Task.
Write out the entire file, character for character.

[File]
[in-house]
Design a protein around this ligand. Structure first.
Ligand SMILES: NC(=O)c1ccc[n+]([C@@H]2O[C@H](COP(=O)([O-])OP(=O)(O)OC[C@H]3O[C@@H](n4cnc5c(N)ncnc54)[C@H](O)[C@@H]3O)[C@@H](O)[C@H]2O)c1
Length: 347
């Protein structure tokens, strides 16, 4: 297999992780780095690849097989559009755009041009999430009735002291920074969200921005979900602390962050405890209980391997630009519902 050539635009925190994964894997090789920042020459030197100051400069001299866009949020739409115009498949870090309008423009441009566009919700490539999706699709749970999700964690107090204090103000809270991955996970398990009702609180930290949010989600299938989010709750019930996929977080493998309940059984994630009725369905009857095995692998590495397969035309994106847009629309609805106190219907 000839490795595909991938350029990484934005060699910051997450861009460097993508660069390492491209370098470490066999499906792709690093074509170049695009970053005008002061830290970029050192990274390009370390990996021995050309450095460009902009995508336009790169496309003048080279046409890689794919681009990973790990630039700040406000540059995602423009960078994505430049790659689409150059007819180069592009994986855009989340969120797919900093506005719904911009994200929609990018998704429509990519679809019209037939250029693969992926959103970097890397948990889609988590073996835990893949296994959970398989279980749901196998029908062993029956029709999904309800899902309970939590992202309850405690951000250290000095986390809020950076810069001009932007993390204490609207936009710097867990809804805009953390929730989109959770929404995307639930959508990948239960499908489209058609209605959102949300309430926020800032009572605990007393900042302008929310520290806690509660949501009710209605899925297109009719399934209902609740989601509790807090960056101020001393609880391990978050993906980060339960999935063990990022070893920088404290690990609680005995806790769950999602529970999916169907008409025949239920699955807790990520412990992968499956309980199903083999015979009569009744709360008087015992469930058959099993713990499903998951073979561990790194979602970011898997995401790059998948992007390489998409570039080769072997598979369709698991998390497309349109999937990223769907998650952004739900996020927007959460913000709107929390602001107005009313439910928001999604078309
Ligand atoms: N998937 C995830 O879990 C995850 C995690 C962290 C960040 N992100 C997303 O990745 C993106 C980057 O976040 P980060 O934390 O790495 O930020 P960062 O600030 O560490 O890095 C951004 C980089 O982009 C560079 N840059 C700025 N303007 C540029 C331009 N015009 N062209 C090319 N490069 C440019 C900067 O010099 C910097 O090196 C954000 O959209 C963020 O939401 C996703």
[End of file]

[in-house]
Design a protein around this ligand. Structure first.
Ligand SMILES: NC(=O)c1ccc[n+]([C@@H]2O[C@H](COP(=O)([O-])OP(=O)(O)OC[C@H]3O[C@@H](n4cnc5c(N)ncnc54)[C@H](O)[C@@H]3O)[C@@H](O)[C@H]2O)c1
Length: 347
């Protein structure tokens, strides 16, 4: 297999992780780095690849097989559009755009041009999430009735002291920074969200921005979900602390962050405890209980391997630009519902 050539635009925190994964894997090789920042020459030197100051400069001299866009949020739409115009498949870090309008423009441009566009919700490539999706699709749970999700964690107090204090103000809270991955996970398990009702609180930290949010989600299938989010709750019930996929977080493998309940059984994630009725369905009857095995692998590495397969035309994106847009629309609805106190219907 000839490795595909991938350029990484934005060699910051997450861009460097993508660069390492491209370098470490066999499906792709690093074509170049695009970053005008002061830290970029050192990274390009370390990996021995050309450095460009902009995508336009790169496309003048080279046409890689794919681009990973790990630039700040406000540059995602423009960078994505430049790659689409150059007819180069592009994986855009989340969120797919900093506005719904911009994200929609990018998704429509990519679809019209037939250029693969992926959103970097890397948990889609988590073996835990893949296994959970398989279980749901196998029908062993029956029709999904309800899902309970939590992202309850405690951000250290000095986390809020950076810069001009932007993390204490609207936009710097867990809804805009953390929730989109959770929404995307639930959508990948239960499908489209058609209605959102949300309430926020800032009572605990007393900042302008929310520290806690509660949501009710209605899925297109009719399934209902609740989601509790807090960056101020001393609880391990978050993906980060339960999935063990990022070893920088404290690990609680005995806790769950999602529970999916169907008409025949239920699955807790990520412990992968499956309980199903083999015979009569009744709360008087015992469930058959099993713990499903998951073979561990790194979602970011898997995401790059998948992007390489998409570039080769072997598979369709698991998390497309349109999937990223769907998650952004739900996020927007959460913000709107929390602001107005009313439910928001999604078309
Ligand atoms: N998937 C995830 O879990 C995850 C995690 C962290 C960040 N992100 C997303 O990745 C993106 C980057 O976040 P980060 O934390 O790495 O930020 P960062 O600030 O560490 O890095 C951004 C980089 O982009 C560079 N840059 C700025 N303007 C540029 C331009 N015009 N062209 C090319 N490069 C440019 C900067 O010099 C910097 O090196 C954000 O959209 C963020 O939401 C996703």